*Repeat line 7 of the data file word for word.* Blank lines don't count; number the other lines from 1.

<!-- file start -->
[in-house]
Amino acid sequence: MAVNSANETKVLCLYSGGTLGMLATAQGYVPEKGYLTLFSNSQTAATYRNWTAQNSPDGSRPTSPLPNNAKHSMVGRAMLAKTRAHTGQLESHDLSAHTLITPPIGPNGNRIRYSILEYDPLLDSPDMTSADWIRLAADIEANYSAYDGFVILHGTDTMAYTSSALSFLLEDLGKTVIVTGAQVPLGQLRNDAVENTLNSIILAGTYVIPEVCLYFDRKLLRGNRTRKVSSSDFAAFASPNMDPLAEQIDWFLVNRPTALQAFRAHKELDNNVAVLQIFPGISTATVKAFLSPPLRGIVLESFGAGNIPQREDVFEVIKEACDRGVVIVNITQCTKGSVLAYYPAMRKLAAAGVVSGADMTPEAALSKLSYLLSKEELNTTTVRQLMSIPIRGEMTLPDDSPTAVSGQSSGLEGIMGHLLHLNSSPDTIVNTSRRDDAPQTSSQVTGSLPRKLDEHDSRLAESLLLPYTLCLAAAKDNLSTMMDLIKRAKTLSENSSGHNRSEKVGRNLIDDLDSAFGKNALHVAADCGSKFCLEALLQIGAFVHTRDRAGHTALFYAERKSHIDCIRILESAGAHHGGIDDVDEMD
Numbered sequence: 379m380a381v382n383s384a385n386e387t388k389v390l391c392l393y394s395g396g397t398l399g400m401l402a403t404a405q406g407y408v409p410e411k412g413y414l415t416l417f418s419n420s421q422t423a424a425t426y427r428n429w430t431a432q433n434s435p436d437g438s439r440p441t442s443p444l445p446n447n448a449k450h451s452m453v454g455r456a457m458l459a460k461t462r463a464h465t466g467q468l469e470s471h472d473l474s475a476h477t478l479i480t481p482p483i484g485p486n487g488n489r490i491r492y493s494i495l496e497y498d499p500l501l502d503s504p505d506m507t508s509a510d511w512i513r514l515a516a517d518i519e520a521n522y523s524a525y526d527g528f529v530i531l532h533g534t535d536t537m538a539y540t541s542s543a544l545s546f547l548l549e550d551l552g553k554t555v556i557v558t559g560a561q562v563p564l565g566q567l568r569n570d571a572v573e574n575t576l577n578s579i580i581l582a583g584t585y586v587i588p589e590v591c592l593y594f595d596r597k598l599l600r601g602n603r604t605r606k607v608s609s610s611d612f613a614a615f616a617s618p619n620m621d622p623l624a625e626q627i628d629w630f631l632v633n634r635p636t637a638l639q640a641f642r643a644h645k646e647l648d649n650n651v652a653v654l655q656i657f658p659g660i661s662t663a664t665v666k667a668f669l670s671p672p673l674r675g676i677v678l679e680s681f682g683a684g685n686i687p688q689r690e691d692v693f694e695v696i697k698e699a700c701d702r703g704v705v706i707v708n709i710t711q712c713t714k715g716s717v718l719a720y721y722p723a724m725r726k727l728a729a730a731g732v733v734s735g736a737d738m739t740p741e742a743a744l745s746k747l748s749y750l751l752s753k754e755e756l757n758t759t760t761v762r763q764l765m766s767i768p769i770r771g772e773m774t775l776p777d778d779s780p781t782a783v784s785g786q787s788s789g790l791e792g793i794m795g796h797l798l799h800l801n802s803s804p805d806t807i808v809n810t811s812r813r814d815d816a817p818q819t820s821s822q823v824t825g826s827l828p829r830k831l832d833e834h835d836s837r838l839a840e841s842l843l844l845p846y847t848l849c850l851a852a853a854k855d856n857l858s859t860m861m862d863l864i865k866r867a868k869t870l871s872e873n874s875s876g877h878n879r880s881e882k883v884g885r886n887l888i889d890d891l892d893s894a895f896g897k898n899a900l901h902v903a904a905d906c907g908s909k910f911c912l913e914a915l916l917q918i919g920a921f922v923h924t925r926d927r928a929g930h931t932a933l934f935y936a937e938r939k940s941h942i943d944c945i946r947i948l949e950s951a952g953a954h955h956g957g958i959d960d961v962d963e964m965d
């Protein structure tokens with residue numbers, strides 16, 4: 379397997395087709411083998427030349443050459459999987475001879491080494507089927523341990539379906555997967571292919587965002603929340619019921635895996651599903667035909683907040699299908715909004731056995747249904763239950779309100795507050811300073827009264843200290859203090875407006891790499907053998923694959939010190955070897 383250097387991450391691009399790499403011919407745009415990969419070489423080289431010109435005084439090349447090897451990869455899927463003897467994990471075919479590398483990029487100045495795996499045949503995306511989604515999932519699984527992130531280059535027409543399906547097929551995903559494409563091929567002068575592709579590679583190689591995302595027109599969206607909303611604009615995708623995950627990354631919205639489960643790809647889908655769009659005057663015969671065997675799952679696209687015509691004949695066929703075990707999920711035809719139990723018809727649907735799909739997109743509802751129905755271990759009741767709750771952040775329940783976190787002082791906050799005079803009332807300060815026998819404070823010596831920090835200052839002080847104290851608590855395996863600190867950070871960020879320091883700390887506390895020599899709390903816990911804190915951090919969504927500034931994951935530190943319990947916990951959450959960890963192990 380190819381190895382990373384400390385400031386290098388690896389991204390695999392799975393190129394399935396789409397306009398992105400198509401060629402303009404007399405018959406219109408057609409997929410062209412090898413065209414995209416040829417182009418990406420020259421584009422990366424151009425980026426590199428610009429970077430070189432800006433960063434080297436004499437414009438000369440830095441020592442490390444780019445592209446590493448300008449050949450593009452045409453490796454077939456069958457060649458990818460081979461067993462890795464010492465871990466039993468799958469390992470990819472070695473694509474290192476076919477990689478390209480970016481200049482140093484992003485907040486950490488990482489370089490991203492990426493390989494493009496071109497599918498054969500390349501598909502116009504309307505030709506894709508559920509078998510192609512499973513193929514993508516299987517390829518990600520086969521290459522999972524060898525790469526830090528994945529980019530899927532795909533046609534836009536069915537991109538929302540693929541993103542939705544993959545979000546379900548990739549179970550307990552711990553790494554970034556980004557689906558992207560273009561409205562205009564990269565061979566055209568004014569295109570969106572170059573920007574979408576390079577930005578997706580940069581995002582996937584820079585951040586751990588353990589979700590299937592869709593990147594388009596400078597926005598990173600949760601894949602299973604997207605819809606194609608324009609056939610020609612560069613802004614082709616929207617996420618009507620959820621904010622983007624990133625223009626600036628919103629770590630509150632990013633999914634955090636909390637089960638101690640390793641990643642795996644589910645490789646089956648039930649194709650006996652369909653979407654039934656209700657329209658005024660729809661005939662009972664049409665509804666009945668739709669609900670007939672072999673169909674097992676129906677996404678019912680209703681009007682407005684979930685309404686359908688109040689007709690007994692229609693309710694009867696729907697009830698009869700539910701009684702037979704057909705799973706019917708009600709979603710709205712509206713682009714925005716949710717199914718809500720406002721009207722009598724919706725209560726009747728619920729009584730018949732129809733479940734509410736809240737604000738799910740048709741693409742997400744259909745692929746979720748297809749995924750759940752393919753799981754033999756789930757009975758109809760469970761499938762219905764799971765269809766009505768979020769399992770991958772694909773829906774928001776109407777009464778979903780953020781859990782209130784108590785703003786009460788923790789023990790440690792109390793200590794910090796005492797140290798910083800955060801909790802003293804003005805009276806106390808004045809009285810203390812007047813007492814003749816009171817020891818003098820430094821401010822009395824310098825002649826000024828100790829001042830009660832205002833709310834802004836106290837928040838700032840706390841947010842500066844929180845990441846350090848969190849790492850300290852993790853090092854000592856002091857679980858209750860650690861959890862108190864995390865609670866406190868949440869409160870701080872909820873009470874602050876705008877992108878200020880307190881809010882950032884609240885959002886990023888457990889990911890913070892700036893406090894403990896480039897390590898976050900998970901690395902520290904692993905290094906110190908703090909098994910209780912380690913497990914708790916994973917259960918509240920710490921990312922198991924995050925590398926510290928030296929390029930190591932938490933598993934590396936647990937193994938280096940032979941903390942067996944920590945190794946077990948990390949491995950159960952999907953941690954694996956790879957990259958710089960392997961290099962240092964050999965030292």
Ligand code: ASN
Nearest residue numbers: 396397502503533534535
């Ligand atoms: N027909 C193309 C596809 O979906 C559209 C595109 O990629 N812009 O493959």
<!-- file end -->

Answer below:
């Ligand atoms: N027909 C193309 C596809 O979906 C559209 C595109 O990629 N812009 O493959």